by C. Markus on January 20th, 2012 at 7:00 am
All dogs have a fur coat – it may be thin, thick long, short, straight or curly – and if you own a dog, you probably know the troubles that come along with taking care of their fur. Most dogs suffer from skin problems and dull coats from time to time. If your dog has not, count yourself lucky.
There’s more to your dog’s skin and coat than you may know. Dogs cannot sweat like humans; however, their hair follicles open up to release heat and close to conserve heat. In many cases if your dog is not physically well, you will be able to see it in their skin and fur. If your dog’s skin changes colors, it could also be an indication that they are getting sick. Likewise, if their coat looks noticeably dull or their hair starts to fall out, there is a good chance something may be wrong.
It’s recommended to check your pet’s skin regularly. Look for bumps, rashes, scabs, flakes and foul odors, as these are indications your pet is having skin problems. Lastly, check for fleas! If left unchecked, fleas can cause your dog intense discomfort. Look for little black specks. Also, the dust from flea waste will turn red when water is applied, so make sure to check thoroughly. If left unchecked, skin problems can lead to more serious issues, so make sure to take care of your dog’s skin and coat.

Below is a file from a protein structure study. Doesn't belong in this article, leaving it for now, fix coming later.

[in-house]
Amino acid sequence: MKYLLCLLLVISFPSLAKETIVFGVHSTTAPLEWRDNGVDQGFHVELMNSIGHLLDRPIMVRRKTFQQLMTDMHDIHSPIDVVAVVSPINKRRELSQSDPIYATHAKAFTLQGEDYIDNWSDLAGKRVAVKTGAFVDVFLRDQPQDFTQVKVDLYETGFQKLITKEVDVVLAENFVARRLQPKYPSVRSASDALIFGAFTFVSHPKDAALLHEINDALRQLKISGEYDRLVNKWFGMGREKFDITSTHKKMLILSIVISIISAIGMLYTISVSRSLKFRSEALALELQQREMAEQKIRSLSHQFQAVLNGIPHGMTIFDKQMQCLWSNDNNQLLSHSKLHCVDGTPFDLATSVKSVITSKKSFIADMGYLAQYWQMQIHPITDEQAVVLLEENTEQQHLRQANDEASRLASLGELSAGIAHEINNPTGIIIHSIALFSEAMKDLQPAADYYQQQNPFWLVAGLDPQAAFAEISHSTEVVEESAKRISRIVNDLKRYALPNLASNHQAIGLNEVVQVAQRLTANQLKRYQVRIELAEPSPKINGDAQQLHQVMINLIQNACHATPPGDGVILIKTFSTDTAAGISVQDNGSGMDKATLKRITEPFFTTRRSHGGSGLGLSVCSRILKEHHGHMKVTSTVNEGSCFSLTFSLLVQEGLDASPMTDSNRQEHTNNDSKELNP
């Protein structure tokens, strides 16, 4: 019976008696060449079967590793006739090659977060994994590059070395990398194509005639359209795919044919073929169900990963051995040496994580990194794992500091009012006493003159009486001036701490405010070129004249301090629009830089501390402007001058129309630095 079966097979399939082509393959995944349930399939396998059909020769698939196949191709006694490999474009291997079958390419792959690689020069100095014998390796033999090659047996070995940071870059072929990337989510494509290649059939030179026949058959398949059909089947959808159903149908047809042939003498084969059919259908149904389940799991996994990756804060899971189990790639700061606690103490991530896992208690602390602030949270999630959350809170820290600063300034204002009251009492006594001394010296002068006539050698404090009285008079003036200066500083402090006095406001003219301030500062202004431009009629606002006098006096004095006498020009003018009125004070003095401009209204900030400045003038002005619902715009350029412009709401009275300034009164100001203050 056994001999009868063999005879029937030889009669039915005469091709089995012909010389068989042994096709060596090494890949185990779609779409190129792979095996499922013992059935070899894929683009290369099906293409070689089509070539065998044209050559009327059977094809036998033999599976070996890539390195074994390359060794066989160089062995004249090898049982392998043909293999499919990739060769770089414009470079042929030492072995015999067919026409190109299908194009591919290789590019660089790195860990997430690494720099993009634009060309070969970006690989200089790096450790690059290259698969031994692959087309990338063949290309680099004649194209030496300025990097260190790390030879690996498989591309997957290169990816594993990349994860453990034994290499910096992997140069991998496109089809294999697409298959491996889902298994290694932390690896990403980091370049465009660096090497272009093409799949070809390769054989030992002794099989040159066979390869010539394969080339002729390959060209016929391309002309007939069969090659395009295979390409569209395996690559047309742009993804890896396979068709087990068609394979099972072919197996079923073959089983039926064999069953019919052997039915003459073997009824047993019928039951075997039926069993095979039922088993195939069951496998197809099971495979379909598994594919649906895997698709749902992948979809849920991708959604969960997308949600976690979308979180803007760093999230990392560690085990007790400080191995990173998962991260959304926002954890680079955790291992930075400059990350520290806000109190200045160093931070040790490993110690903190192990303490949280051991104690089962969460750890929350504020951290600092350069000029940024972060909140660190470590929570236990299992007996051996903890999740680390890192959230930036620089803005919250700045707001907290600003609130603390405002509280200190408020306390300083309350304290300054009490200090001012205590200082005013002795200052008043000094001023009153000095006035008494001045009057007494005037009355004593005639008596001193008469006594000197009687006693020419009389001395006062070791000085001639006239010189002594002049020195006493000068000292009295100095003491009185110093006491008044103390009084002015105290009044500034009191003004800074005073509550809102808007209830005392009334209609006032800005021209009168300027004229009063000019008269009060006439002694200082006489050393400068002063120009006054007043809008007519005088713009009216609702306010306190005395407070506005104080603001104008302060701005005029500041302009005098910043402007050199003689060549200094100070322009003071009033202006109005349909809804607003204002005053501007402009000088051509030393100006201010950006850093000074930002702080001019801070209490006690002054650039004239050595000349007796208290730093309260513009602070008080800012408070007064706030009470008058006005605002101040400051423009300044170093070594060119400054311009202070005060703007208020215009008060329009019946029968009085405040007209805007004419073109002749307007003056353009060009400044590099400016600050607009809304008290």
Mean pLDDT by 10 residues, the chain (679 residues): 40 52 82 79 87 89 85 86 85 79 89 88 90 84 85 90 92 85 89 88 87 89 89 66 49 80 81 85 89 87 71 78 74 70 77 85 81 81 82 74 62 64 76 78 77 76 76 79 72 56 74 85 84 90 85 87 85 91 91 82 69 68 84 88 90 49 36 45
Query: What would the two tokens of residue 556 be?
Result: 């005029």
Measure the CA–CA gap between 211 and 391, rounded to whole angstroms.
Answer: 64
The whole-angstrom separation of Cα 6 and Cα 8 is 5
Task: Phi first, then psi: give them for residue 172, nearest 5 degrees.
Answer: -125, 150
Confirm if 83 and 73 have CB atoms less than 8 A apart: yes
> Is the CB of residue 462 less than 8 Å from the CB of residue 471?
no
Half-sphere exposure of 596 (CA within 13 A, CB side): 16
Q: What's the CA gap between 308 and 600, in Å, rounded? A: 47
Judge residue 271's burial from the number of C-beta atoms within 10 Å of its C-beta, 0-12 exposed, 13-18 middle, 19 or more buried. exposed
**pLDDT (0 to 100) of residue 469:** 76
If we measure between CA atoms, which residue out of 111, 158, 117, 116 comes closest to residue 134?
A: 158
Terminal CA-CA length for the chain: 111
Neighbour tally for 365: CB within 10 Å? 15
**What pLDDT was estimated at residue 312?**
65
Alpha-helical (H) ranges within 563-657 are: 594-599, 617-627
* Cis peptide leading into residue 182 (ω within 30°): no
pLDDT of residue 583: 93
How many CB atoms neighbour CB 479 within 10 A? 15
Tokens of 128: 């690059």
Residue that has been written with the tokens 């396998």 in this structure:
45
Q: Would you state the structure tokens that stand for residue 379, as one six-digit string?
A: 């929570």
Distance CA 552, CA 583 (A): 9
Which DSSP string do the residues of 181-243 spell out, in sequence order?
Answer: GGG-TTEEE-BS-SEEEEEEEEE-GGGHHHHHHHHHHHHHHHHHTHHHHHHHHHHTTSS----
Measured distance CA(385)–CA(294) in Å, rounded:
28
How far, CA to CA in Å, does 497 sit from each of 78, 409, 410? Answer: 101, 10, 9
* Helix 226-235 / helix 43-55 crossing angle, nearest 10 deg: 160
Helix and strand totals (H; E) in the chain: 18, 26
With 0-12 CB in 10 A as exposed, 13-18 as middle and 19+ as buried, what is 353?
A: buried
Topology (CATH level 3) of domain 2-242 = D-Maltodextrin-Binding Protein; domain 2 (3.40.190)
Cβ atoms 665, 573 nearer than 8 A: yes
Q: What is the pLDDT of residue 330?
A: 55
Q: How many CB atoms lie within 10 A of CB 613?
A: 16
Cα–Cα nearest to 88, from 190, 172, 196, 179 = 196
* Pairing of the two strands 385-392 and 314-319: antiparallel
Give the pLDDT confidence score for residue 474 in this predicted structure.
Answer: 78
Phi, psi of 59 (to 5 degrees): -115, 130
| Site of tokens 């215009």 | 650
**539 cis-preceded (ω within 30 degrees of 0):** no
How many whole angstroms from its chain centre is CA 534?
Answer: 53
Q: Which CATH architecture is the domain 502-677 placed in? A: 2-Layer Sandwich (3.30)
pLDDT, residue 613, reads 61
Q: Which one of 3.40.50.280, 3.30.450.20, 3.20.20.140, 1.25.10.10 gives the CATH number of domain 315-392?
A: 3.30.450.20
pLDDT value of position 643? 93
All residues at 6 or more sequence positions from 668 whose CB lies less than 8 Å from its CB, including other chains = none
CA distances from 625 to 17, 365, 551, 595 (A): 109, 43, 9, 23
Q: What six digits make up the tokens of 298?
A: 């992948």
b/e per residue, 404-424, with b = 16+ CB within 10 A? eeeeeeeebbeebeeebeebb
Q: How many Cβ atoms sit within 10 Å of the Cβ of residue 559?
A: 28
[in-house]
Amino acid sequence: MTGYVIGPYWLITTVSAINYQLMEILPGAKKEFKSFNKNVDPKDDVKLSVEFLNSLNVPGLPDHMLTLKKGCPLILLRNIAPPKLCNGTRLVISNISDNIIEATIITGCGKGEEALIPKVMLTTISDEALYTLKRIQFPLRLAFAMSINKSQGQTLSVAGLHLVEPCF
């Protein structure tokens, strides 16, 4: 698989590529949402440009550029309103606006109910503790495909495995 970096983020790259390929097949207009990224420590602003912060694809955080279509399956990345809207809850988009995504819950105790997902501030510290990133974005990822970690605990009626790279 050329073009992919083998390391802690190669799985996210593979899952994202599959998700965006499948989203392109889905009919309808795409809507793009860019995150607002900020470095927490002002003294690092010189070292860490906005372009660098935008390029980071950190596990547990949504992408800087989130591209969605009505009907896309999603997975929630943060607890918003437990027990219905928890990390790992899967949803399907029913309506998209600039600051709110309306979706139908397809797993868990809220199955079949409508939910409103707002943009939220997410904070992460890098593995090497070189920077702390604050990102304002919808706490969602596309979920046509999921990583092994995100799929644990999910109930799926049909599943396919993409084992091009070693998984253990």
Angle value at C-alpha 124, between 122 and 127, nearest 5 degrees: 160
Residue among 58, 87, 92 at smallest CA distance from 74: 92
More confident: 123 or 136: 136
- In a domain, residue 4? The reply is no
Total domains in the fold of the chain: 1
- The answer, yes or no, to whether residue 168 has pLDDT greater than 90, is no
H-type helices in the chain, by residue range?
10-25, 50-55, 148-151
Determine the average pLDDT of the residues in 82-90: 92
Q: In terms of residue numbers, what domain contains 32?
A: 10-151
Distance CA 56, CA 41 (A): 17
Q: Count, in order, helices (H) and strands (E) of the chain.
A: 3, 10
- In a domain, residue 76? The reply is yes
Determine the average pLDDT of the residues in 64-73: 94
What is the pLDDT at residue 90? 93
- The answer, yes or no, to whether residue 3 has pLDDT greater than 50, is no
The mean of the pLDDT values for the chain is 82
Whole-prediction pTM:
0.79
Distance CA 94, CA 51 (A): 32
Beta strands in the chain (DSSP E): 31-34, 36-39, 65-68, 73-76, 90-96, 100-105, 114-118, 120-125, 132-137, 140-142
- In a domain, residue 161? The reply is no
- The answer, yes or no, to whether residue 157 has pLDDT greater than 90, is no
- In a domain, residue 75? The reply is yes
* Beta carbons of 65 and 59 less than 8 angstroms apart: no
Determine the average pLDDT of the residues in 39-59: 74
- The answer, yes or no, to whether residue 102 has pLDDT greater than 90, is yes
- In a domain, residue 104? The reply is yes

Use these simple tips to make grooming more enjoyable for you and your pet.
It’s best to groom your pet when they are calm; this will make everything go much smoother. If your dog is new to grooming, keep the sessions as short as possible, and gradually increase the length over time. Lastly, make sure you reward them once the grooming is over.
Brushing your dog’s hair is very important in keeping them healthy and clean. It helps remove dirt and spread natural oils, which will make their hair look better and help prevent skin irritation. For short- haired dogs, it’s recommend to brush them at least once a week and for long-haired dogs, daily brushing is recommended to prevent knotting and matting. If your dog is uncomfortable with brushing, gradually introduce the brush beforehand, letting them smell it and get used to the brush.
According to the ASPCA you should bathe your dog at least every 3 months. Use a shampoo made for dogs; this will help prevent skin irritation. Like brushing your dog, he or she may not like getting a bath, so introduce them to the sound of running water before you put him in.
Keeping your dog’s skin and coat clean will not only make them feel and smell better, it will help them stay healthy in the long run. Regular skin and coat maintenance is crucial to dog owners. Do it regularly and if you notice anything wrong it is advised to see a vet immediately.
Skin and Coat Tonic™ Natural remedy for pets to help support healthy skin and coats in cats and dogs.